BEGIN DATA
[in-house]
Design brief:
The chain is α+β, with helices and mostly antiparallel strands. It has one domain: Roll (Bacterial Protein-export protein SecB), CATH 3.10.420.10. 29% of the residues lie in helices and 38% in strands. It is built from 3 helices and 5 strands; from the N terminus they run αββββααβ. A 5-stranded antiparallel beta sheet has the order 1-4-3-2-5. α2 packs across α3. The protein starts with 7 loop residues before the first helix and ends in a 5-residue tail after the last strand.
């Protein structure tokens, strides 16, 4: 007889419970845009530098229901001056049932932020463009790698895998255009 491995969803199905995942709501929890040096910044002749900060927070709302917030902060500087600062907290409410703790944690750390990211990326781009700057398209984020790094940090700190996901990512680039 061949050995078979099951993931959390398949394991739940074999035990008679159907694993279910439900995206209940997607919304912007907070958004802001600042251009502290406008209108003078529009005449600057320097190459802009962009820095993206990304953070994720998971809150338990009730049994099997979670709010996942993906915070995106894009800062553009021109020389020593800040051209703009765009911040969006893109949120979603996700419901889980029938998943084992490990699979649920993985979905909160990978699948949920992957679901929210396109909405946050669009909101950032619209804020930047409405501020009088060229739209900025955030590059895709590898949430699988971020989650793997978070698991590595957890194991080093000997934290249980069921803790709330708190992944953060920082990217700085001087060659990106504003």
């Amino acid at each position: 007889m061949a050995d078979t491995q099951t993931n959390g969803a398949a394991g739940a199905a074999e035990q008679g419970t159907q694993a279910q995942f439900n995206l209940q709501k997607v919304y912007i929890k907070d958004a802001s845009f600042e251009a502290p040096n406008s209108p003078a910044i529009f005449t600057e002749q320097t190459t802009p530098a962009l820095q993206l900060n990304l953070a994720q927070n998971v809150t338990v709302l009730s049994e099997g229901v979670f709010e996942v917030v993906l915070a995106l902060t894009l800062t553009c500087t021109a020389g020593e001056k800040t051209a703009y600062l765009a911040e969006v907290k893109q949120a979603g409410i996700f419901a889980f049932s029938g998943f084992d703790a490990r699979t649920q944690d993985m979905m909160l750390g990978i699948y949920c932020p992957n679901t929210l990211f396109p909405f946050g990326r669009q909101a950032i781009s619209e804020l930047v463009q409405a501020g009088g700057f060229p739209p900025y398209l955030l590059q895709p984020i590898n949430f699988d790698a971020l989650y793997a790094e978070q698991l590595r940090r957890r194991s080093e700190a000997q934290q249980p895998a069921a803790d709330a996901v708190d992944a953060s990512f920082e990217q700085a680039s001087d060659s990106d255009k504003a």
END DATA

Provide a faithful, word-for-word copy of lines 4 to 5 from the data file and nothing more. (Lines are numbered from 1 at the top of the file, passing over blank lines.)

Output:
């Protein structure tokens, strides 16, 4: 007889419970845009530098229901001056049932932020463009790698895998255009 491995969803199905995942709501929890040096910044002749900060927070709302917030902060500087600062907290409410703790944690750390990211990326781009700057398209984020790094940090700190996901990512680039 061949050995078979099951993931959390398949394991739940074999035990008679159907694993279910439900995206209940997607919304912007907070958004802001600042251009502290406008209108003078529009005449600057320097190459802009962009820095993206990304953070994720998971809150338990009730049994099997979670709010996942993906915070995106894009800062553009021109020389020593800040051209703009765009911040969006893109949120979603996700419901889980029938998943084992490990699979649920993985979905909160990978699948949920992957679901929210396109909405946050669009909101950032619209804020930047409405501020009088060229739209900025955030590059895709590898949430699988971020989650793997978070698991590595957890194991080093000997934290249980069921803790709330708190992944953060920082990217700085001087060659990106504003």
């Amino acid at each position: 007889m061949a050995d078979t491995q099951t993931n959390g969803a398949a394991g739940a199905a074999e035990q008679g419970t159907q694993a279910q995942f439900n995206l209940q709501k997607v919304y912007i929890k907070d958004a802001s845009f600042e251009a502290p040096n406008s209108p003078a910044i529009f005449t600057e002749q320097t190459t802009p530098a962009l820095q993206l900060n990304l953070a994720q927070n998971v809150t338990v709302l009730s049994e099997g229901v979670f709010e996942v917030v993906l915070a995106l902060t894009l800062t553009c500087t021109a020389g020593e001056k800040t051209a703009y600062l765009a911040e969006v907290k893109q949120a979603g409410i996700f419901a889980f049932s029938g998943f084992d703790a490990r699979t649920q944690d993985m979905m909160l750390g990978i699948y949920c932020p992957n679901t929210l990211f396109p909405f946050g990326r669009q909101a950032i781009s619209e804020l930047v463009q409405a501020g009088g700057f060229p739209p900025y398209l955030l590059q895709p984020i590898n949430f699988d790698a971020l989650y793997a790094e978070q698991l590595r940090r957890r194991s080093e700190a000997q934290q249980p895998a069921a803790d709330a996901v708190d992944a953060s990512f920082e990217q700085a680039s001087d060659s990106d255009k504003a």